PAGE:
The Factors Of Consumers’ Preferences To Streamable TV Vs Using Cable Companies
In what is really becoming a competitive time of cord cutting and cord shaving. I thought I would delve into the market of cable television. For many years now, we have been at the mercy of Cable Companies when it came to watching the live television shows we all find immensely intriguing. Forced to pay for expensive packages with a handful of channels we watch while never knowing when our bill will rise higher, people wanted change. Thus, the start of streamable tv, in the form of cord cutting and cord shaving services. On one hand, you have the cable companies. These include companies like Time Warner and Comcast. On the other hand, you have a wave of streamable tv options.
These Include YouTube TV, Direct TV Now, PlayStation Vue, Netflix, Hulu, and Sling TV. In this scenario, streaming pioneers like Netflix and Hulu offered alternatives to paying for the expensive premium movie packages like HBO and Showtime that were offered by Cable Companies. One would pay for Cable to watch live TV, and add Netflix or Hulu for Movies and shows at a cheaper cost than Cable. Now recently, the streamable market has gotten even a little more innovative. The introduction of Streamable Live TV through companies like YouTube TV and PlayStation Vue. The differences in the viewing experience itself is unremarkable. What draws customers to streamable TV vs using cable companies is the differences in price, the ability to tailor packages (cord shaving) and the ability to avoid long term contracts. A customer can cancel at any time without penalty.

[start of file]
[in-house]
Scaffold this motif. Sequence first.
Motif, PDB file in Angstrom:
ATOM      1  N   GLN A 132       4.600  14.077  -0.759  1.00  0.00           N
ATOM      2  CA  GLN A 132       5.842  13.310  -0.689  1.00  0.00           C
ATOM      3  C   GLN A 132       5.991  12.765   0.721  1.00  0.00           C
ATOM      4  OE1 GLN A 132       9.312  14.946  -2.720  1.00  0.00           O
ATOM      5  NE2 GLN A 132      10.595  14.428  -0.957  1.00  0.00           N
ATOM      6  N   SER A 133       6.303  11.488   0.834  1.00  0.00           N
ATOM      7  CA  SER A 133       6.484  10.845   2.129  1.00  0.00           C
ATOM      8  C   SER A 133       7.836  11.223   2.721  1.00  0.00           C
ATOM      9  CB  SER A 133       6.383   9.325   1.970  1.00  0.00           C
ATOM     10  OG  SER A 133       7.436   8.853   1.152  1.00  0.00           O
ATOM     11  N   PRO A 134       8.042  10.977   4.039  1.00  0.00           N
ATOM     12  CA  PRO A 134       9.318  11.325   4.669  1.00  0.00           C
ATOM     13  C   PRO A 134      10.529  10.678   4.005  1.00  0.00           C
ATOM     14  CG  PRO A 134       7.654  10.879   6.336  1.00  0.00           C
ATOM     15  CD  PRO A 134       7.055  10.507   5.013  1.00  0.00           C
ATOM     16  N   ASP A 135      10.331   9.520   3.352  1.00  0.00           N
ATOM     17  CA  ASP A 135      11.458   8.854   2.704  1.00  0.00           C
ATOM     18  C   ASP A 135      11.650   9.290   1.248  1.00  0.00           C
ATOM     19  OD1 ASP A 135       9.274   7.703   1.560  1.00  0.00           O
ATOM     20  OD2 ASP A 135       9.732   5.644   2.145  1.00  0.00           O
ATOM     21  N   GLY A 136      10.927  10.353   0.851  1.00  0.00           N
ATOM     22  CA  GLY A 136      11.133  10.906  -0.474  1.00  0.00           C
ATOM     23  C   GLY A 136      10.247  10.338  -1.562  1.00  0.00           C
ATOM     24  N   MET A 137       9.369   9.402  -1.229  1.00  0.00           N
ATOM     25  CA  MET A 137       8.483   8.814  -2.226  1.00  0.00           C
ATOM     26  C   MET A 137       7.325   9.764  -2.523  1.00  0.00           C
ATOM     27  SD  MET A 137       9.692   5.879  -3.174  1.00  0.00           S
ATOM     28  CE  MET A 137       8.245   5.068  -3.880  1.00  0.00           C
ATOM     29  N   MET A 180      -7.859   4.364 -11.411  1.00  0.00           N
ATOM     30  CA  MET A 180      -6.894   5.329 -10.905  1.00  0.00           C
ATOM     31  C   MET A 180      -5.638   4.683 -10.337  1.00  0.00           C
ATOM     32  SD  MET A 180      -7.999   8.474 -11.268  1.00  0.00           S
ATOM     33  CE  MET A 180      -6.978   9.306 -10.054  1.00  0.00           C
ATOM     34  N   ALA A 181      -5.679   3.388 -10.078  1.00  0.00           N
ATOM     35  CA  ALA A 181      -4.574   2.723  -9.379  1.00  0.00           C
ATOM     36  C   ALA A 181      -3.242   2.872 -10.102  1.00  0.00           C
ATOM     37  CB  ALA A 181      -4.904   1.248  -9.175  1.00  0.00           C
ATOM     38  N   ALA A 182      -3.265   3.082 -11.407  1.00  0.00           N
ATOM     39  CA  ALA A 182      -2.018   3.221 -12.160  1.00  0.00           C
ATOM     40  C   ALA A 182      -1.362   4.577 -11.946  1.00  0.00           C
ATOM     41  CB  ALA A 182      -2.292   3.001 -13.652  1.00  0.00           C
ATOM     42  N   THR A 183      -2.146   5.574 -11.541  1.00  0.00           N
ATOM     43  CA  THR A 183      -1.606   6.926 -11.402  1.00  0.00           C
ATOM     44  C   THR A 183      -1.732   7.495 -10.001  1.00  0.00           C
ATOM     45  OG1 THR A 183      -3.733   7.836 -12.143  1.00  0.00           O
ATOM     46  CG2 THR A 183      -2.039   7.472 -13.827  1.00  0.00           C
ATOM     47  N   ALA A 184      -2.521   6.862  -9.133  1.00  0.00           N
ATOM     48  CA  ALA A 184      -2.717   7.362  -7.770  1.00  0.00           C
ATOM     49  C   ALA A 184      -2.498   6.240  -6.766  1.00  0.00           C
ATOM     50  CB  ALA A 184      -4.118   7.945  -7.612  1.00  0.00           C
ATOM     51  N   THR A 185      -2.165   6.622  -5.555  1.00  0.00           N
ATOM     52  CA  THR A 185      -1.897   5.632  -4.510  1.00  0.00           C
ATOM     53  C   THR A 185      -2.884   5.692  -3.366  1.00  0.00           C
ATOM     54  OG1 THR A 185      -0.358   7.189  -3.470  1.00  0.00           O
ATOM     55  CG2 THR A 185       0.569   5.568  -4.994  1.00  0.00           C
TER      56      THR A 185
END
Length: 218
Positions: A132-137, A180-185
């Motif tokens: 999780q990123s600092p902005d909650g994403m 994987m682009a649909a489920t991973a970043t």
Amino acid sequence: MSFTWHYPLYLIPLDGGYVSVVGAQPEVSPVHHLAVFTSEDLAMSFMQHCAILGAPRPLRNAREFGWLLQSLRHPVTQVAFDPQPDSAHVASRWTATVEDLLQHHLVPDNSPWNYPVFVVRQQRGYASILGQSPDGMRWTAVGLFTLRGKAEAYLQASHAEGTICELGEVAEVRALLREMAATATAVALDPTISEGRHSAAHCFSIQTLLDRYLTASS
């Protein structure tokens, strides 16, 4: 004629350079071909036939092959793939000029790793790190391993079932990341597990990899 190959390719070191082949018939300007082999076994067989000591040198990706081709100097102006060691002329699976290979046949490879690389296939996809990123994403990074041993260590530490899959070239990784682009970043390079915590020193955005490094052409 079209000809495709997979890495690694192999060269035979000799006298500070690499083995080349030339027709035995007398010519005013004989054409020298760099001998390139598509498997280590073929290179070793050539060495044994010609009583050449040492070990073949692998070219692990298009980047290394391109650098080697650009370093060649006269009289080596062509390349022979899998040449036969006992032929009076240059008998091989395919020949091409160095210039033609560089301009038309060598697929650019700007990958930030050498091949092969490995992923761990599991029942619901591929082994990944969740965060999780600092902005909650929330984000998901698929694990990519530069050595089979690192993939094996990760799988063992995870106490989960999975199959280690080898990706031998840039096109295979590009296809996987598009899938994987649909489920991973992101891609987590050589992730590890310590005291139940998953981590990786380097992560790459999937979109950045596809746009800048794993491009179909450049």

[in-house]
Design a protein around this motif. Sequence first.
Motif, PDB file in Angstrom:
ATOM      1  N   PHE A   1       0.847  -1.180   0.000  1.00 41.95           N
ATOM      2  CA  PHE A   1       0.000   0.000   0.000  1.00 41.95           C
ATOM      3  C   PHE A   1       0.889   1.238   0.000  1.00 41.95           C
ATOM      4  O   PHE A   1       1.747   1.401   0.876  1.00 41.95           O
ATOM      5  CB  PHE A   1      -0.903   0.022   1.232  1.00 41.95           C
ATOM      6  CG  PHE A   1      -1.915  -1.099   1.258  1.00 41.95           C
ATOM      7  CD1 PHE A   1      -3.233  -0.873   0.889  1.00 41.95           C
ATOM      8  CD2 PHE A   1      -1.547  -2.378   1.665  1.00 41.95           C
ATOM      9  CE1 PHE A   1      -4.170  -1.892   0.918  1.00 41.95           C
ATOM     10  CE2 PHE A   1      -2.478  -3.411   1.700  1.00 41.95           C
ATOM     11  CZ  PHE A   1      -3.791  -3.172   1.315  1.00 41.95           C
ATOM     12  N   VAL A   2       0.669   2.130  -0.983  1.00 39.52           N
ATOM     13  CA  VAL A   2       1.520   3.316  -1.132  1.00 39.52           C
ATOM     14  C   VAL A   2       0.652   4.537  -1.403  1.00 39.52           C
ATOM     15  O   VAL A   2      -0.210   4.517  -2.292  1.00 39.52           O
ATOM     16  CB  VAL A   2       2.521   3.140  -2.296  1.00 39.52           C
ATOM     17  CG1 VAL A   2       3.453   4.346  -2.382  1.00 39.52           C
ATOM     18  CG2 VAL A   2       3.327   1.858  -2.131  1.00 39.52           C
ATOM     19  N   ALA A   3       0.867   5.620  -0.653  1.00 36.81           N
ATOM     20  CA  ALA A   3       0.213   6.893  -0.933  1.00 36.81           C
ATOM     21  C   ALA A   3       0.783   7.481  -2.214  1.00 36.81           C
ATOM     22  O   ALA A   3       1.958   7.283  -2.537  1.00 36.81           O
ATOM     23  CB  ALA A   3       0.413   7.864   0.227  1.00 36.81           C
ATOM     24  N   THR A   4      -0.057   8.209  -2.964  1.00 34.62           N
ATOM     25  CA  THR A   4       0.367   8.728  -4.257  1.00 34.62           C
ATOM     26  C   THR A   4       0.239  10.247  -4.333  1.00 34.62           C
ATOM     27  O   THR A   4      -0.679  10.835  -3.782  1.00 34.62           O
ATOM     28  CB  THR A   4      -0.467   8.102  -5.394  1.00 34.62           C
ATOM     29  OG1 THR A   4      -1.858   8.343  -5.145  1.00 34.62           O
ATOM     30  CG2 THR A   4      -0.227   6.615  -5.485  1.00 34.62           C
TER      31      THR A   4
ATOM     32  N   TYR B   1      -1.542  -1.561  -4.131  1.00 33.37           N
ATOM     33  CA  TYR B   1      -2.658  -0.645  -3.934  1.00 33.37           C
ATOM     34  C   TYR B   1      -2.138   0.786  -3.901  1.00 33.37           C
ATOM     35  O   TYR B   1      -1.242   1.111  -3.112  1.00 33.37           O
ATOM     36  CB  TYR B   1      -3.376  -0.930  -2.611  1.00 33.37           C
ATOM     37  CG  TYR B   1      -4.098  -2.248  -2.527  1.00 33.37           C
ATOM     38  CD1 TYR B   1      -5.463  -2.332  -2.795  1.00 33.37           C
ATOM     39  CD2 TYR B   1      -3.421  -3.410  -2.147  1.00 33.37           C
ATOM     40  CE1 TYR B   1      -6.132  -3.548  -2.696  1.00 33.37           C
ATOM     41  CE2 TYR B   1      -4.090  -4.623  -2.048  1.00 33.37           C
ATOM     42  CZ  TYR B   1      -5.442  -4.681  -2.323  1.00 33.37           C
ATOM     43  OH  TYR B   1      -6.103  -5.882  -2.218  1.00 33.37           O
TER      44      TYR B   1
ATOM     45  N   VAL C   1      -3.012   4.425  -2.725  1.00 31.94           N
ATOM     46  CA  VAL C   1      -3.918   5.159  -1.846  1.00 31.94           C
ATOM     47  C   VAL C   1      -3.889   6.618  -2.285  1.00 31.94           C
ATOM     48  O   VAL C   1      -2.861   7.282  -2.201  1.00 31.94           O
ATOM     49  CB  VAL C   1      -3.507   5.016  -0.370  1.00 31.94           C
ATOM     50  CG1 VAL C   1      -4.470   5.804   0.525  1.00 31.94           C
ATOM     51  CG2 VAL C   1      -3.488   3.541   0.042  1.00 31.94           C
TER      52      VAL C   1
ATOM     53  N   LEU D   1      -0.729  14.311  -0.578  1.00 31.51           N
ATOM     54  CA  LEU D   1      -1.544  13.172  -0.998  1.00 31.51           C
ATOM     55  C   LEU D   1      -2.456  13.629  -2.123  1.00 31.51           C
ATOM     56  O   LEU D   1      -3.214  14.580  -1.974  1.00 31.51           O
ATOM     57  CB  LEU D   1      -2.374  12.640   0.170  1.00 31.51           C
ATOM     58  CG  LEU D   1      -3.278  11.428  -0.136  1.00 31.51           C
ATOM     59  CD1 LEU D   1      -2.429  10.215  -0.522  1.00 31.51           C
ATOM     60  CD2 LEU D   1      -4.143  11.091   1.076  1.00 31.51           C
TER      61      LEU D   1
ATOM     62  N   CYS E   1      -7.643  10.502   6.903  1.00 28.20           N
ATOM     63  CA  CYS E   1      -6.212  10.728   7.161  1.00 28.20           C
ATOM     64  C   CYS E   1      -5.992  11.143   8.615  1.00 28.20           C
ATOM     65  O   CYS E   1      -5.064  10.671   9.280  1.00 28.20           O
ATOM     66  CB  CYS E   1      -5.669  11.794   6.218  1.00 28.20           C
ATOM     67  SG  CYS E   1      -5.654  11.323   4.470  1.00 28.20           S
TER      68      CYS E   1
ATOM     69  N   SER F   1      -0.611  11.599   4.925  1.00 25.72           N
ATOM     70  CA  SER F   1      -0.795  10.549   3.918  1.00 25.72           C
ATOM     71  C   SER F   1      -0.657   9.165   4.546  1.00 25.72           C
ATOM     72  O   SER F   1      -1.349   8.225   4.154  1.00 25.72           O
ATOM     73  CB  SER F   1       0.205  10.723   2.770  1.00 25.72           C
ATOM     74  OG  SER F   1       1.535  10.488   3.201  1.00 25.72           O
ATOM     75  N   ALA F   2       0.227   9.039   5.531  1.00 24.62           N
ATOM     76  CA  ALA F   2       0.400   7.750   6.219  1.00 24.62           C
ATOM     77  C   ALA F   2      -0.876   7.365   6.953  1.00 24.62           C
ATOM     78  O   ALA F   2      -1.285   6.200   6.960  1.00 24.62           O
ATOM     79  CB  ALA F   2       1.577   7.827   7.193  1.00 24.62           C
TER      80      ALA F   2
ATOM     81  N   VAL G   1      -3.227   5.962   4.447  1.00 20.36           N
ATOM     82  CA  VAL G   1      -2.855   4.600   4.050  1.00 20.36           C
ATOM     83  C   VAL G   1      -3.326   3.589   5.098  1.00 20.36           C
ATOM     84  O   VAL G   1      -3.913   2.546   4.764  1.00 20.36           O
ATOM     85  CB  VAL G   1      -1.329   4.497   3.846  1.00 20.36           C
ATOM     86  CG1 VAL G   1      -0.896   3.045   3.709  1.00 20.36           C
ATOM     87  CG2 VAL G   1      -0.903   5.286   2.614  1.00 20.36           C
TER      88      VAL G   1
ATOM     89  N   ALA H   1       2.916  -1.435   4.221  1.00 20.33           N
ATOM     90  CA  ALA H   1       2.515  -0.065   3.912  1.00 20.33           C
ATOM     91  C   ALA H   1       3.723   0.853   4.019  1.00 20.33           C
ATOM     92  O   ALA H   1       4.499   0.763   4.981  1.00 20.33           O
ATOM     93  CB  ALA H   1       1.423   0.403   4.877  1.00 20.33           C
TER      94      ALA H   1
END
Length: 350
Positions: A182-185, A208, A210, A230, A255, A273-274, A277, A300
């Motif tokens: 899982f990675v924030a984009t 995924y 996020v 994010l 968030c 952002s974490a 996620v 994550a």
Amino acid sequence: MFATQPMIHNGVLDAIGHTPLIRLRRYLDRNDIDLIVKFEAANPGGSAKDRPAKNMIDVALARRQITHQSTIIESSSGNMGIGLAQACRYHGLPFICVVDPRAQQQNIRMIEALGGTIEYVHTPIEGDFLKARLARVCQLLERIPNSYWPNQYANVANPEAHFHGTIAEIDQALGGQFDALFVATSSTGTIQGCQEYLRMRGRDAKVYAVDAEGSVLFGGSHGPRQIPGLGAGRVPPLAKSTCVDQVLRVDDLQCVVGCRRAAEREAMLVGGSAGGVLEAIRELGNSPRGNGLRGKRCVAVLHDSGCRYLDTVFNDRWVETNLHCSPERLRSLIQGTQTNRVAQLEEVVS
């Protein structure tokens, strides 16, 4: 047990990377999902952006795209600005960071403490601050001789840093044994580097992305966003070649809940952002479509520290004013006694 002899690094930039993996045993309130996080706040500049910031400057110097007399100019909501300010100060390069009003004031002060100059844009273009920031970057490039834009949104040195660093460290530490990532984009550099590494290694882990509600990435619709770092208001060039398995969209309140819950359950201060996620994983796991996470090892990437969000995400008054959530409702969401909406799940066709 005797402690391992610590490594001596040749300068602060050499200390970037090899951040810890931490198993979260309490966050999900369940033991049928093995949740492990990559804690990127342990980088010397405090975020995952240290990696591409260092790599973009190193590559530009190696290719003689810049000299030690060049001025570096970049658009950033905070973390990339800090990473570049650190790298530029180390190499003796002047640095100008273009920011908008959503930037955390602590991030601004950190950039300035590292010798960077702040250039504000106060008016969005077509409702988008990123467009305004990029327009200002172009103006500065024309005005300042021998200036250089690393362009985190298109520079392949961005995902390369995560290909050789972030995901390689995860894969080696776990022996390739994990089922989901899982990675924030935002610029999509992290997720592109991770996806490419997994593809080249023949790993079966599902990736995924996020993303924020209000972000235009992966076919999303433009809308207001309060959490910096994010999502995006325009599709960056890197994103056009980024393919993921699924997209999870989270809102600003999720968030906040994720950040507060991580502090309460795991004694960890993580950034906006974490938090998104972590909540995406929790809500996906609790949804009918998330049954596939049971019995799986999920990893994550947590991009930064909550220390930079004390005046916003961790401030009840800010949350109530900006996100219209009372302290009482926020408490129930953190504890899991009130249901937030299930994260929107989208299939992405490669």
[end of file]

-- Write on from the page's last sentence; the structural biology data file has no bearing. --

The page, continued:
So when given the choice of a more expensive viewing platform, that requires a long term commitment, less customization at a higher cost vs. a cheaper alternative, that offers a choice in channels with less hardware, no installation and can be canceled at any time, one would think the answer is pretty clear, right? Consumers are beginning to say yes. The biggest hurdle the streaming services had when they started were licensing rights. I know for myself, that I wanted the ability to watch local channels on top of channels like ESPN and AMC. With each passing month, that hurdle becomes a bit smaller, as all the streamable options are offering those channels in the bigger markets. Honestly, I personally believe availability is really the only thing stopping streamable services from completely taking over, as consumers become more informed about what’s out there. It’s becoming clear to cable companies, as they try to add services like Netflix to their existing packages, that the streaming threat is very real. There hold on certain markets will evaporate once the agreements are available.
ON top of that major players like Disney, are set to launch their own streaming channels. Thus making Cable companies even harder pressed to keep customers. The competition will eventually move from away from cable to streaming, and more towards which streaming service do I choose. When you look at my other thoughts on Netflix, you can really see they have become real giant killers. Who in turn may become victims of their own doing, if they don’t evolve as well. Ultimately though, regardless of what a consumer chooses and why.
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